A Helping Hand

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“You HAVE to tell all your patients about this! It’s the BEST gadget I’ve ever tried – and believe me, I’ve tried dozens!” said my patient as she pulled this out of her purse the minute I walked into the exam room. She’s not a representative of the company in any way. In fact, the brand isn’t anywhere on the gadget. It’s a 6-in-1 tool that can open soda cans, bags, bottles, jars. Anyway, if you can find it, my patient says to snap it up (and wanted me to spread the word on the blog).

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Walking for Arthritis

The Arthritis Foundation holds fundraising walks all across the country. This year’s Central Massachusetts walk will take place on Sunday, September 11th. Please visit the website for more information.

The Arthritis Walk® is the signature fundraiser for the Arthritis Foundation. It’s not just an event,
it’s a celebration of year-round movement to help prevent and treat arthritis.

Every year we get together to celebrate movement and make a positive impact on the lives of people living with arthritis by raising funds for
arthritis research, education and life improvement programs in 250 communities
across the country.

Participants walk in honor of a friend or family
member with arthritis. People with arthritis wear blue hats to signify their
action in taking control of their condition. The event features a three-
mile and one-mile course
, with arthritis information and activities for
the entire family. In many communities, pet owners are invited to bring their
dogs along for the event.

Our rallying cry, Let’s Move
Together®
encourages people to get up and get
moving. When you join us at the Arthritis Walk®,
you’re not moving alone-you are becoming part of a community looking to achieve
better health and change lives at the same time. We hope to see you
there!

For questions about the Central Massachusetts
Arthritis Walk, or help fundraising please contact Margaret at
mfarmer@arthritis.org or 617-219-8228

What’s in a name?

This post doesn’t have much to do with medicine, but some coworkers and I were recently discussing whether a person’s age could be guessed by looking at his or her name. Admittedly this works better with women’s names. I guess men have more timeless names. There are a few names that fall into the “could be 2, could be 90” category of old names that are new again, such as Lucy and Grace. I haven’t seen any Britneys or Kaleighs about to appear on TV for a “Happy 100th” acknowledgement.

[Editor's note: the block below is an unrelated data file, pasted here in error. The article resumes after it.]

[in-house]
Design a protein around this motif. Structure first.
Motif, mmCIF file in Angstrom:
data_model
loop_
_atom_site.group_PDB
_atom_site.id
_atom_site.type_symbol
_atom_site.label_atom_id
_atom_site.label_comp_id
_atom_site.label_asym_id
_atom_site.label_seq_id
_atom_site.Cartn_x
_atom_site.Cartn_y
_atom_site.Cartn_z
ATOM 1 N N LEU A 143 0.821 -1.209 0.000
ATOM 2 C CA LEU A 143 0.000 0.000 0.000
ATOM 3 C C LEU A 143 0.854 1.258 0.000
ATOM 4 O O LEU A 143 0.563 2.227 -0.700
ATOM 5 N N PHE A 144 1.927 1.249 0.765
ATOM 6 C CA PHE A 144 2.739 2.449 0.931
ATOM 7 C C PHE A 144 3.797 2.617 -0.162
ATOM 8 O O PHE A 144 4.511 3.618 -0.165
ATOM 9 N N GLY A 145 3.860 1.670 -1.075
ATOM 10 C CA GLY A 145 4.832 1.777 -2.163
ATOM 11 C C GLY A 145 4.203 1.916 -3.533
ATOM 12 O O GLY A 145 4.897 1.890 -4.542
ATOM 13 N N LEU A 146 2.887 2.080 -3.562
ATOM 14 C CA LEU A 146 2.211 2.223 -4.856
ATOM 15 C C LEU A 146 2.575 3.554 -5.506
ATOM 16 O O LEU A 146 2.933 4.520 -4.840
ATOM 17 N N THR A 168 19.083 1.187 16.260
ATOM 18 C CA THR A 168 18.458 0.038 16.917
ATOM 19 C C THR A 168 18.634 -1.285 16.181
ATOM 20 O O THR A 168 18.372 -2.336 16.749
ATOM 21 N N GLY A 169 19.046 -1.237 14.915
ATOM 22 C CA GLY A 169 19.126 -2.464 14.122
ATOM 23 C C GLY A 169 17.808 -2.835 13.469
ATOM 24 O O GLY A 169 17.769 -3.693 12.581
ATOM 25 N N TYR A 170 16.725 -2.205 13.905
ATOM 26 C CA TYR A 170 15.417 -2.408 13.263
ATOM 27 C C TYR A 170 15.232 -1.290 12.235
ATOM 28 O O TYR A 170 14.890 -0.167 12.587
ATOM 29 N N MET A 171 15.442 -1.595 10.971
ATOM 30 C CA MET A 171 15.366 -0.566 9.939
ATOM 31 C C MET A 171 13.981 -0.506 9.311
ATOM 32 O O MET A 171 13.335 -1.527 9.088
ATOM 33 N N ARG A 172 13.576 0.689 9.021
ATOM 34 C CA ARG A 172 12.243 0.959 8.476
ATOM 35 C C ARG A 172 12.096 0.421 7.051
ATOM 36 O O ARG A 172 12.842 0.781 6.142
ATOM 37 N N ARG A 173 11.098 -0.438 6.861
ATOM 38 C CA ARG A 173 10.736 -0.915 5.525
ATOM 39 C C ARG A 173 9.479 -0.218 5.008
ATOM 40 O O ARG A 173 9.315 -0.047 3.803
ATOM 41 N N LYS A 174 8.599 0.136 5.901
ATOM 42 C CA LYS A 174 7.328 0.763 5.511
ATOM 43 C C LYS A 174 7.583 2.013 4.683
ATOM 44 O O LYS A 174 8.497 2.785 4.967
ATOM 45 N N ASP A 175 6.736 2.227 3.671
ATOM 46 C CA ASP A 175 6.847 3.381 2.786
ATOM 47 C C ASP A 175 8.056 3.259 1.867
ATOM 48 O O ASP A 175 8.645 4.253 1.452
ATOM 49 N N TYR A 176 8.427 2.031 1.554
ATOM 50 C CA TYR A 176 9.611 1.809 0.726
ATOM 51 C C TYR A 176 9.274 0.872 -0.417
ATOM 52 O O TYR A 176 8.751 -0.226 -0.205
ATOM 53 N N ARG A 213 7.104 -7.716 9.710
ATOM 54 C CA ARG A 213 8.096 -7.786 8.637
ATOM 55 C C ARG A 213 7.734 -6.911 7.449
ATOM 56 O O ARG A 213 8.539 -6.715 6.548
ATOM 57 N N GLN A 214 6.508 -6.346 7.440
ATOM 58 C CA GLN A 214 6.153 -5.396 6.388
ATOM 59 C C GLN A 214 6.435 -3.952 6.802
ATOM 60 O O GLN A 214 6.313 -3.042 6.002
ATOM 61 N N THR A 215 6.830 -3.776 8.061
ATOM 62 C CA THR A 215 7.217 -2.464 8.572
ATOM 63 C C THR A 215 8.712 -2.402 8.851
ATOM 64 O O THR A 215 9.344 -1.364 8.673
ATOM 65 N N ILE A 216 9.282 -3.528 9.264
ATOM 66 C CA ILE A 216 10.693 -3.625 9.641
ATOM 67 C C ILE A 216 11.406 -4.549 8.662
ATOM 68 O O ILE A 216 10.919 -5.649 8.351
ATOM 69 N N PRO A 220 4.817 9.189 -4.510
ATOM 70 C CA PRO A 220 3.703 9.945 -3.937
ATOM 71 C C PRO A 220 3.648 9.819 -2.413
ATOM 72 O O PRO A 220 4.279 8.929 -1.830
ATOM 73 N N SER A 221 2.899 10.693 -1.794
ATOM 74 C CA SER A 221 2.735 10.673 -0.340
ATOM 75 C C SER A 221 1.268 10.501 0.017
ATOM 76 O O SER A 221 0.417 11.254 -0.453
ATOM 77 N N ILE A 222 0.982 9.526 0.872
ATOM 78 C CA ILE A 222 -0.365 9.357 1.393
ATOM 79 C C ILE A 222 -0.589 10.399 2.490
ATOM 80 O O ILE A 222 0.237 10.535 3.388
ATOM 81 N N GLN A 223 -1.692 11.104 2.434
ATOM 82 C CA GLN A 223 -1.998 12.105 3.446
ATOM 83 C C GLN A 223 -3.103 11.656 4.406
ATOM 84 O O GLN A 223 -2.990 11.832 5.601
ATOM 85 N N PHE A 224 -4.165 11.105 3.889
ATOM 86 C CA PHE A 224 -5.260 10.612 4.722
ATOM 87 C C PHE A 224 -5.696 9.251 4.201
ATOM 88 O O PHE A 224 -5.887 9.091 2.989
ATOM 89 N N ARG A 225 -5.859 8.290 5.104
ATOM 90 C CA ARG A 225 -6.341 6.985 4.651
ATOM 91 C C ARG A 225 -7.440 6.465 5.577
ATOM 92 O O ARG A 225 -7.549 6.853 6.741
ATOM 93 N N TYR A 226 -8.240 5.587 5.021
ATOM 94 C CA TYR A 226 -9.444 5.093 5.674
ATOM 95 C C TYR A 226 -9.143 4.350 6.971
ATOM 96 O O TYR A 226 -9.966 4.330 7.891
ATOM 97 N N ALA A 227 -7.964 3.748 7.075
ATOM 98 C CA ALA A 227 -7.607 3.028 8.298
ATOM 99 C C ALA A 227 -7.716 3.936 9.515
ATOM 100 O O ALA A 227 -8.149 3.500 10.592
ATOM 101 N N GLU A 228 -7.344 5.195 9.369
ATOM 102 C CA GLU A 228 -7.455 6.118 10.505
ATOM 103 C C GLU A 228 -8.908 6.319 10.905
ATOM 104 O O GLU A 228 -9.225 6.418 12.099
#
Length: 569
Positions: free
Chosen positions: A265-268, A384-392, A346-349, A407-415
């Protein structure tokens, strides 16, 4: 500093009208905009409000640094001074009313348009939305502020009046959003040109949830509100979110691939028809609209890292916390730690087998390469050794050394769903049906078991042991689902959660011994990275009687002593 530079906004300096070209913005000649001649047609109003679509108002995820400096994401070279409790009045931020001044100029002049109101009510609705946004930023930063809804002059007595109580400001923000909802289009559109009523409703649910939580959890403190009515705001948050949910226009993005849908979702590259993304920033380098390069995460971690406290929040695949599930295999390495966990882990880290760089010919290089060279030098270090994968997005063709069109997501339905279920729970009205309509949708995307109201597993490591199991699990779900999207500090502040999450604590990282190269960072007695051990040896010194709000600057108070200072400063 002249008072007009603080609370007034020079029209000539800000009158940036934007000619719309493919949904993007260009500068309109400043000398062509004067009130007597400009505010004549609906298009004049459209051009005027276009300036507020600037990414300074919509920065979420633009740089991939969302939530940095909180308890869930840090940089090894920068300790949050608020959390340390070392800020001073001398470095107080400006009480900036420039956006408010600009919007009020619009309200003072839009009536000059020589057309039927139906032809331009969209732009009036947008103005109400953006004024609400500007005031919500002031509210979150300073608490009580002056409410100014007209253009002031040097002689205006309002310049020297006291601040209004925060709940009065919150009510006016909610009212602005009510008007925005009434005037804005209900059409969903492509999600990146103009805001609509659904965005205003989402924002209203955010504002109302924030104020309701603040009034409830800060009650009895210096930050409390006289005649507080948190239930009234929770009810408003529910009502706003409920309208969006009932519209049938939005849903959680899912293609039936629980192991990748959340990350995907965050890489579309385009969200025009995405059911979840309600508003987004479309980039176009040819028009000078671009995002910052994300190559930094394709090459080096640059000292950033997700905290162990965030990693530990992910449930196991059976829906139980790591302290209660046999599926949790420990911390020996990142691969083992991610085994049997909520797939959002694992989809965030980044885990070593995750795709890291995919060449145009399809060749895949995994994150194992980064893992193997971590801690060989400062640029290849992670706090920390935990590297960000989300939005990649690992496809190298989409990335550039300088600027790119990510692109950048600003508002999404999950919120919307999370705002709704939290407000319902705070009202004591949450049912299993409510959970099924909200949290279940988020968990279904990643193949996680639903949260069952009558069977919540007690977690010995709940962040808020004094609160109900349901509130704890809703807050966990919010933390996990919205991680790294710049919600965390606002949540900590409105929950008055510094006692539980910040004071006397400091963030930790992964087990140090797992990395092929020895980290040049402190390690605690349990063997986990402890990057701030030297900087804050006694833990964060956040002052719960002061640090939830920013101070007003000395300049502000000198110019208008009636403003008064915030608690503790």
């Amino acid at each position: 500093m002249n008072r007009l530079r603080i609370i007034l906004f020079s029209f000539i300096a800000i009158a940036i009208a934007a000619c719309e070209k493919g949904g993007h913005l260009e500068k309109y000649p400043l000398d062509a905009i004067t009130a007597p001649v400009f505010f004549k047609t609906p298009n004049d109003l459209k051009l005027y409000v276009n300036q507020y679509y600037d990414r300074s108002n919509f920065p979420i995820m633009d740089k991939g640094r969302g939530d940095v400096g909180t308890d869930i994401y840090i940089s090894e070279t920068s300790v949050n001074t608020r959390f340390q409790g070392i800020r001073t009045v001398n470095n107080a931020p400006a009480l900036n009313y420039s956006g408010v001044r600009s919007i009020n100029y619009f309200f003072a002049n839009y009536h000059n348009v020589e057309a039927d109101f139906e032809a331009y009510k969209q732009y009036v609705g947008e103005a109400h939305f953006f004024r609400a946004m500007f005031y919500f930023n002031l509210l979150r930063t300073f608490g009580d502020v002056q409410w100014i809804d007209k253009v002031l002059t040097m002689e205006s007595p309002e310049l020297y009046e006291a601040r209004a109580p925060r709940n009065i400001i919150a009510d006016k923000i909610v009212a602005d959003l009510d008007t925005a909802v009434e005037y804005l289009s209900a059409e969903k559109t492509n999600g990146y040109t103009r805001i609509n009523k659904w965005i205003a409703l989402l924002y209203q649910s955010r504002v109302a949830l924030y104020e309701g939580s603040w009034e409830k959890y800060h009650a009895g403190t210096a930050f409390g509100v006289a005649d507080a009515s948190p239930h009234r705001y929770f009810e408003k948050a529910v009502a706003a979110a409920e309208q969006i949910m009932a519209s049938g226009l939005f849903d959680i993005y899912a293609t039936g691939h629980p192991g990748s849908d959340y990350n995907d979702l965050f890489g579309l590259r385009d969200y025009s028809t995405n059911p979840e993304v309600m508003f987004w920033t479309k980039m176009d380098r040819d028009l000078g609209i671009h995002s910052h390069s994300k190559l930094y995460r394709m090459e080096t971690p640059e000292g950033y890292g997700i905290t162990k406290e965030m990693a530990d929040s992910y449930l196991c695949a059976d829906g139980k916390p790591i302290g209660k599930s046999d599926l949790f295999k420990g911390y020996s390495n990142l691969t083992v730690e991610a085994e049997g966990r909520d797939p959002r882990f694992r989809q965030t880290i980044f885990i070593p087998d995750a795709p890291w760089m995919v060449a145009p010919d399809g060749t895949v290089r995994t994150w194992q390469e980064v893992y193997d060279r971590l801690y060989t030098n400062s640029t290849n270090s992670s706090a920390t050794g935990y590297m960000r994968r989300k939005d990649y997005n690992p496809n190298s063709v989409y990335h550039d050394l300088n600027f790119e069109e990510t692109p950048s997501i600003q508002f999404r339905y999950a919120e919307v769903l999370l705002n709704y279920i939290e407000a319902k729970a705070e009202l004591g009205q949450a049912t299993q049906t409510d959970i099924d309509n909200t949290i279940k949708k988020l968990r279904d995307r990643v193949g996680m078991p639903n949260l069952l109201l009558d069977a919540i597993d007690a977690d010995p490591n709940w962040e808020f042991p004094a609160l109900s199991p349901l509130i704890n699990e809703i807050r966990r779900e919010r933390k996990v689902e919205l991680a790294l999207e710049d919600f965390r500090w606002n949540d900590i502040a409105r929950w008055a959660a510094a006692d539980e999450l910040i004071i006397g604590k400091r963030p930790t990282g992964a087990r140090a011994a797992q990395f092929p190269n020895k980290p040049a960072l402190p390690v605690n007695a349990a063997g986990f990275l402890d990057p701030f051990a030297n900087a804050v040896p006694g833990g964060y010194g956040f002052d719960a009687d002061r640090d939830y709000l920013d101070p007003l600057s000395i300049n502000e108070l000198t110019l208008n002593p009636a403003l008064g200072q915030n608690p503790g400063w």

However, we came up with a list of names that, well, aren’t old and aren’t young. I bet you could guess that ladies with these names fall somewhere around halfway to 100:

Cynthia/Cindy/Sandy

Linda

Diane

Susan

Joan or Joanie

Carol

Barbara

Marilyn

A couple of grade-school teachers confirmed there aren’t many, or even any, little girls coming through with the above names. How about men’s names? I can’t really think of any. Maybe Steve. Or Richard.

There’s actually a government website where you can type in a name and it will tell you over whatever period of time you select the popularity of a given name. I guess this post is personal as my own name (Julie) was 10th about 40 years ago and is now 389th! Nope, no Julies these days. Add that to my list above.

It’s a man’s world?

When I was a medical student, now over a decade ago, we had a fairly active “women in medicine” chapter, despite the fact that our class was at least 50%female. Understandably, the whole work-life balance debate was a main topic of discussion, although thanks to the recent uproar over part-time docs, that issue is forefront again. At any rate, one thing I remember from these gatherings is a statement made by an upper level resident offering her worldly advice to us impressionable young medical students.

“I watch Sports Center with my boyfriend every night,” she said. “That way I have something to contribute to conversations with the guys while we’re in the OR.”

Consider the opposite scenario – a group of male medical students getting together for support, being told to read In Style magazine or watch a reality TV dating show so they’d have something to talk to their female colleagues about (I know, gender stereotypes abound).

The question arose back then – do we, as female medical students and residents have to play in a man’s world to get ahead? And is it over when we’re attendings?Are we still excluded from the clubhouse?

A few months ago I attended a local medical society women’s group where we explored the very same questions. We discussed how women tend to emphasize group collaboration over individual achievement. When given a compliment, many women will deflect or minimize the praise. Does this partially explain the reason women physicians are paid less than their male counterparts? Through role playing exercises, we learned how to craft PAR (problem, action, results) statements and borrowed other concepts from the business world, such as having a ready-to-go elevator speech about your accomplishments in the event you meet an important contact. I have to admit, I do like knowing that I have a way to communicate my current projects to the CEO or a colleague from another institution when I run into him or her at a meeting.

However, a lot of these changes are conversation styles or body language typically attributed to men. Someone raised the point I had been wondering years ago, “Do we really need to try to act more like men to get ahead?”